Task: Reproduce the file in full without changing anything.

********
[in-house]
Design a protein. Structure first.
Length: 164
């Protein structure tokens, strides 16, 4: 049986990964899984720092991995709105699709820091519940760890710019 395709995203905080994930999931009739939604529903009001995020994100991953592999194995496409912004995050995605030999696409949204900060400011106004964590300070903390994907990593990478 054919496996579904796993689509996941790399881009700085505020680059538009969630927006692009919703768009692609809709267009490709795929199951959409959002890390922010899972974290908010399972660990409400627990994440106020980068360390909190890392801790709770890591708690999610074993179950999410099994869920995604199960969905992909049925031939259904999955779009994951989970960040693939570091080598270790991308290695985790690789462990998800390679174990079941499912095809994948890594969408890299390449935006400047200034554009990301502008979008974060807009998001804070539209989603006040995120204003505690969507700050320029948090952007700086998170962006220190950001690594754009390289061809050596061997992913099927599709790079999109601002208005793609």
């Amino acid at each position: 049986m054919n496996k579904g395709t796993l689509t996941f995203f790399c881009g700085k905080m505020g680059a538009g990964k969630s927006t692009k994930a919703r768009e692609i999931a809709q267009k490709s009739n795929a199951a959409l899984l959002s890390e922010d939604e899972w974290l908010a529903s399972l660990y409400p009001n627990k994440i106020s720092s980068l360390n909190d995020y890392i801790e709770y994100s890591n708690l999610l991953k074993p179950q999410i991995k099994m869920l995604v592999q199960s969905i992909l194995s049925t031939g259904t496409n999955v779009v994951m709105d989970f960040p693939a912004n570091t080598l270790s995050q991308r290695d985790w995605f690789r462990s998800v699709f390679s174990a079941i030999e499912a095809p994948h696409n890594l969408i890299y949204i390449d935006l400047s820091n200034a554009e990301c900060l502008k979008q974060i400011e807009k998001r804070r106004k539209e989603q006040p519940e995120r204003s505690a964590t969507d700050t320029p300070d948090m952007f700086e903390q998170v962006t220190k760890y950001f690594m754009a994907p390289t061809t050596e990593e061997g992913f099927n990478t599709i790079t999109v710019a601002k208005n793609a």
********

[in-house]
Design a protein. Structure first.
Length: 164
């Protein structure tokens, strides 16, 4: 049986990964899984720092991995709105699709820091519940760890710019 395709995203905080994930999931009739939604529903009001995020994100991953592999194995496409912004995050995605030999696409949204900060400011106004964590300070903390994907990593990478 054919496996579904796993689509996941790399881009700085505020680059538009969630927006692009919703768009692609809709267009490709795929199951959409959002890390922010899972974290908010399972660990409400627990994440106020980068360390909190890392801790709770890591708690999610074993179950999410099994869920995604199960969905992909049925031939259904999955779009994951989970960040693939570091080598270790991308290695985790690789462990998800390679174990079941499912095809994948890594969408890299390449935006400047200034554009990301502008979008974060807009998001804070539209989603006040995120204003505690969507700050320029948090952007700086998170962006220190950001690594754009390289061809050596061997992913099927599709790079999109601002208005793609």
């Amino acid at each position: 049986m054919n496996k579904g395709t796993l689509t996941f995203f790399c881009g700085k905080m505020g680059a538009g990964k969630s927006t692009k994930a919703r768009e692609i999931a809709q267009k490709s009739n795929a199951a959409l899984l959002s890390e922010d939604e899972w974290l908010a529903s399972l660990y409400p009001n627990k994440i106020s720092s980068l360390n909190d995020y890392i801790e709770y994100s890591n708690l999610l991953k074993p179950q999410i991995k099994m869920l995604v592999q199960s969905i992909l194995s049925t031939g259904t496409n999955v779009v994951m709105d989970f960040p693939a912004n570091t080598l270790s995050q991308r290695d985790w995605f690789r462990s998800v699709f390679s174990a079941i030999e499912a095809p994948h696409n890594l969408i890299y949204i390449d935006l400047s820091n200034a554009e990301c900060l502008k979008q974060i400011e807009k998001r804070r106004k539209e989603q006040p519940e995120r204003s505690a964590t969507d700050t320029p300070d948090m952007f700086e903390q998170v962006t220190k760890y950001f690594m754009a994907p390289t061809t050596e990593e061997g992913f099927n990478t599709i790079t999109v710019a601002k208005n793609a």